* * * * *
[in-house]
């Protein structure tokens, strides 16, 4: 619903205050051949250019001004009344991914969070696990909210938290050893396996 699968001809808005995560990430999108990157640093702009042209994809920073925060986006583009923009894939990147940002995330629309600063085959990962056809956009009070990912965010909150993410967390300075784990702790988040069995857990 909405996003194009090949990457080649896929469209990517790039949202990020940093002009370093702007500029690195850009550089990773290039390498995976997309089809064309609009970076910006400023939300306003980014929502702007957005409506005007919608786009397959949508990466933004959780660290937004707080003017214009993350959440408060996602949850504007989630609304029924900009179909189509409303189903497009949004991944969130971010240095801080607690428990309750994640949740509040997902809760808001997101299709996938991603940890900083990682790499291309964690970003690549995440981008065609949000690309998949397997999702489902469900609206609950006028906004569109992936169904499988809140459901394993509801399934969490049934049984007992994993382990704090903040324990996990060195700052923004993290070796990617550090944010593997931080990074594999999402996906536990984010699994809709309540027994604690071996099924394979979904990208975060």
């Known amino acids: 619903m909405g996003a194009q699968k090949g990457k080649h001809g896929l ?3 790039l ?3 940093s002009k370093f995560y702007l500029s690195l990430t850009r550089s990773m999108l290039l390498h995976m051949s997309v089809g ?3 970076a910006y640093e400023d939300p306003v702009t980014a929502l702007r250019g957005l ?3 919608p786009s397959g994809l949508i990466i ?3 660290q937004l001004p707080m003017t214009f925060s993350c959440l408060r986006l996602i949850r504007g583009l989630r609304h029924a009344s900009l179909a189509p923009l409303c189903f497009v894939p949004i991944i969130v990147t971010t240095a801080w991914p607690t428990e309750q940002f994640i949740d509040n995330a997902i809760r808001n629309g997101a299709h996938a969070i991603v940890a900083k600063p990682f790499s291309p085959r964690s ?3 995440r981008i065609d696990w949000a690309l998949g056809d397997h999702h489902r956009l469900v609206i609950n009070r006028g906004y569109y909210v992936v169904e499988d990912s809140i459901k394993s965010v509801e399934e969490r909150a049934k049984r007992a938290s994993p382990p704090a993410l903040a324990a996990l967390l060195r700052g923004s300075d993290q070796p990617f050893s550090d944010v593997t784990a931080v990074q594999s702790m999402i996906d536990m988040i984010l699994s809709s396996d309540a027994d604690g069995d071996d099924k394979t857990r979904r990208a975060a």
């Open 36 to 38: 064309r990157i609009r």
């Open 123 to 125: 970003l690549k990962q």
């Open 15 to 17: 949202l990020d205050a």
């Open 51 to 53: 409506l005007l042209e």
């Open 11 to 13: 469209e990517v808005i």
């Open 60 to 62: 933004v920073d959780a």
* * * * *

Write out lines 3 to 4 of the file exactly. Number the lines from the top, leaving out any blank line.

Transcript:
């Known amino acids: 619903m909405g996003a194009q699968k090949g990457k080649h001809g896929l ?3 790039l ?3 940093s002009k370093f995560y702007l500029s690195l990430t850009r550089s990773m999108l290039l390498h995976m051949s997309v089809g ?3 970076a910006y640093e400023d939300p306003v702009t980014a929502l702007r250019g957005l ?3 919608p786009s397959g994809l949508i990466i ?3 660290q937004l001004p707080m003017t214009f925060s993350c959440l408060r986006l996602i949850r504007g583009l989630r609304h029924a009344s900009l179909a189509p923009l409303c189903f497009v894939p949004i991944i969130v990147t971010t240095a801080w991914p607690t428990e309750q940002f994640i949740d509040n995330a997902i809760r808001n629309g997101a299709h996938a969070i991603v940890a900083k600063p990682f790499s291309p085959r964690s ?3 995440r981008i065609d696990w949000a690309l998949g056809d397997h999702h489902r956009l469900v609206i609950n009070r006028g906004y569109y909210v992936v169904e499988d990912s809140i459901k394993s965010v509801e399934e969490r909150a049934k049984r007992a938290s994993p382990p704090a993410l903040a324990a996990l967390l060195r700052g923004s300075d993290q070796p990617f050893s550090d944010v593997t784990a931080v990074q594999s702790m999402i996906d536990m988040i984010l699994s809709s396996d309540a027994d604690g069995d071996d099924k394979t857990r979904r990208a975060a």
């Open 36 to 38: 064309r990157i609009r």